Thursday, January 29, 2009

Daring Bakers Tuiles!


I'm back at the Daring Bakers Challenge after taking the last month off. Last month there was just too much chaos here and the challenge for me was crossing the line into just an added frustration that I didn't need or want. So here we go, all caught up now............. for January....

This month's challenge is brought to us by Karen of Bake My Day and Zorra of 1x umruehren bitte aka Kochtopf. They have chosen Tuiles from The Chocolate Book by Angélique Schmeink and Nougatine and Chocolate Tuiles from Michel Roux.

As a happy coincidence there was an added option to make a savoury version which I opted to go for and paired it with a whipped spinach dip. I will at some point have to try the sweet version as well. Hopefully I will enjoy it more. I found this savoury recipe much too greasy for my liking. Don't get me wrong, they tasted OK....but I much preferred the lavash recipe from a few months back....as far as a cracker or crisp type recipe goes. I did find it took a few tries to figure out just how thick a layer of batter you would need, and didn't have great success shaping them more than a little bit. I very much doubt that I would make this recipe again, but I am interested to try the sweet version. Below is the recipe I tried as was supplied by this months hosts.

Savory tuile/cornet recipe
From Thomas Keller "the French Laundry Cookbook"

1/4 cup plus 3 tablespoons (65 grams/2.1/4 ounces) all purpose flour
1 tablespoon plus 1 teaspoon sugar
1 teaspoon kosher salt (= 2/3 teaspoon table salt)**
8 tablespoons (114 grams/4 ounces) unsalted butter, softened but still cool to the touch
2 large egg whites, cold
2 tablespoons black sesame seeds

In a medium bowl, mix together the flour, sugar and salt. In a separate bowl, whisk the softened butter until it is completely smooth and mayonnaise-like in texture. Using a stiff spatula or spoon, beat the egg whites into the dry ingredients until completely incorporated and smooth. Whisk in the softened butter by thirds, scraping the sides of the bowl as necessary and whisking until the batter is creamy and without any lumps. Transfer the batter to a smaller container, as it will be easier to work with.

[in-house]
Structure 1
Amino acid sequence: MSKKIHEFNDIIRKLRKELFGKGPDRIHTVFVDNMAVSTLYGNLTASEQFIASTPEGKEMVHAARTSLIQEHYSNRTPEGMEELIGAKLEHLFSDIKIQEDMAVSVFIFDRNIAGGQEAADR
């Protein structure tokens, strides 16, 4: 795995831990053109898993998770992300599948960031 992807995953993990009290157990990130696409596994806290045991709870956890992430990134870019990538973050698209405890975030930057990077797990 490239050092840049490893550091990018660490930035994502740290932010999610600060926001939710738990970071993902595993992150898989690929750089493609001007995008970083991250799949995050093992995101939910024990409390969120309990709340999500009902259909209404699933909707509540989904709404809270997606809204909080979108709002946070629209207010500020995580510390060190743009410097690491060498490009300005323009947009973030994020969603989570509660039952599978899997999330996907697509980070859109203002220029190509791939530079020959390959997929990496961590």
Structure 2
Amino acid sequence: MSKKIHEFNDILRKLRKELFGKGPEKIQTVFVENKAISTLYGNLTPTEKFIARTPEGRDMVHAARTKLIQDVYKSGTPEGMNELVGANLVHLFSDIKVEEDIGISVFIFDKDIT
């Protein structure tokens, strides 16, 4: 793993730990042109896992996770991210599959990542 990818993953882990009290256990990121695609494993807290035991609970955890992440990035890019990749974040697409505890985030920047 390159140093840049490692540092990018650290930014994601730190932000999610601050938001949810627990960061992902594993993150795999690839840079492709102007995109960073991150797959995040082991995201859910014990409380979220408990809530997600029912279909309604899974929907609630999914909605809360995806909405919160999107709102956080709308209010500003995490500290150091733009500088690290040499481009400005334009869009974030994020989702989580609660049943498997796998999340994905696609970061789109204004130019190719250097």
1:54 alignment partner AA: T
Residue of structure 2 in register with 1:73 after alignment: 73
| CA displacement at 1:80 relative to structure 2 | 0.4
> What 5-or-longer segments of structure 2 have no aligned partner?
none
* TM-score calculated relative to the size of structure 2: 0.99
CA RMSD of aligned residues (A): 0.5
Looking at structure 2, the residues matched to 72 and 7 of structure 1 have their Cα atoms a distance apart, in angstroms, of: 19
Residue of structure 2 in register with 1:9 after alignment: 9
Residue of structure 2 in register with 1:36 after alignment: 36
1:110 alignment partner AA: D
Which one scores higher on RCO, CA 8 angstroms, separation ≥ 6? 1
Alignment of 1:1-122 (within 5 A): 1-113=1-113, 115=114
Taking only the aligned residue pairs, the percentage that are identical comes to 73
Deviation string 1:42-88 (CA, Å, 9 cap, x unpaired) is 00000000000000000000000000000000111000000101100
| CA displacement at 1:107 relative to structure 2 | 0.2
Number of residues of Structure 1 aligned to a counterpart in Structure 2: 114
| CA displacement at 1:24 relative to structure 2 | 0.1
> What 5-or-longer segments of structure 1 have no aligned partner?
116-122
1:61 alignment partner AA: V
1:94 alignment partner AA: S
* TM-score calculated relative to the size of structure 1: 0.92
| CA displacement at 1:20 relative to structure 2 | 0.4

Preheat the oven to 400 degrees F.

Make a 4-inch hollow circular stencil. Place Silpat on the counter (it is easier to work on the Silpat before it is put on the sheet pan). Place the stencil in one corner of the sheet and, holding the stencil flat against the Silpat, scoop some of the batter onto the back of an offset spatula and spread it in an even layer over the stencil. Then run the spatula over the entire stencil to remove any excess batter. After baking the first batch of cornets, you will be able to judge the correct thickness. You may need a little more or less batter to adjust the thickness of the cornets.

There should not be any holes in the batter. Lift the stencil and repeat the process to make as many rounds as you have molds or to fill the Silpat, leaving about 1 1/2 inches between the cornets. Sprinkle each cornet with a pinch of black sesame seeds.

Place the Silpat on a heavy baking sheet and bake for 4 to 6 minutes, or until the batter is set and you see it rippling from the heat. The cornets may have browned in some areas, but they will not be evenly browned at this point.

Open the oven door and place the baking sheet on the door.*** This will help keep the cornets warm as you roll them and prevent them from becoming too stiff to roll. Flip a cornet over on the sheet pan, sesame seed side down and place 4-1/2 inch cornet mold at the bottom of the round. If you are right-handed, you will want the pointed end on your left and the open end on your right. The tip of the mold should touch the lower left edge (at about 7 o'clock on a clock face) of the cornet.

Fold the bottom of the cornet and around the mold; it should remain on the sheet pan as you roll. Leave the cornet wrapped around the mold and continue to roll the cornets around molds; as you proceed, arrange the rolled cornets, seams side down, on the sheet pan so they lean against each other, to prevent from rolling.

When all the cornets are rolled, return them to the oven shelf, close the door, and bake for an additional 3 to 4 minutes to set the seams and color the cornets a golden brown. If the color is uneven, stand the cornets on end for a minute or so more, until the color is even. Remove the cornets from the oven and allow to cool just slightly, 30 seconds or so.
Gently remove the cornets from the molds and cool for several minutes on paper towels. Remove the Silpat from the baking sheet, wipe the excess butter from it, and allow it to cool down before spreading the next batch. Store the cornets for up to 2 days (for maximum flavor) in an airtight container.

My notes:
** I’ve used 1 teaspoon fine table salt in my test-batch, and depending on what you plan to fill them with I would use less; start with ½ teaspoon. In the Netherlands I’ve never seen kosher salt but I understand it’s a coarser grind hence the substitute difference.

*** My oven door opens eh...as a door! So I placed the baking sheet on a counter that sits above the radiator (central heating thing) and that worked fine. You really need that extra heat because these babies need it to get a good shape. You could maybe slide out yr oven rack and work on that too.

3 comments:

TeaLady said...

Glad someone made the savory types. I like them and the spinach dip. Looks tasty.

Linda said...

I think your savory tuilles look great! I know what you mean, though. Some recipes just don't "ring the bell" with my taste buds, either. I didn't try savory tuilles this time - but the vanilla ones - and both my husband and I liked them, with a fruit compote accompaniment. But I admire you "daring" to try the savory kinds.

LittleRed said...

Thanks, I really want to try a sweet variety as I just bet they are yummy!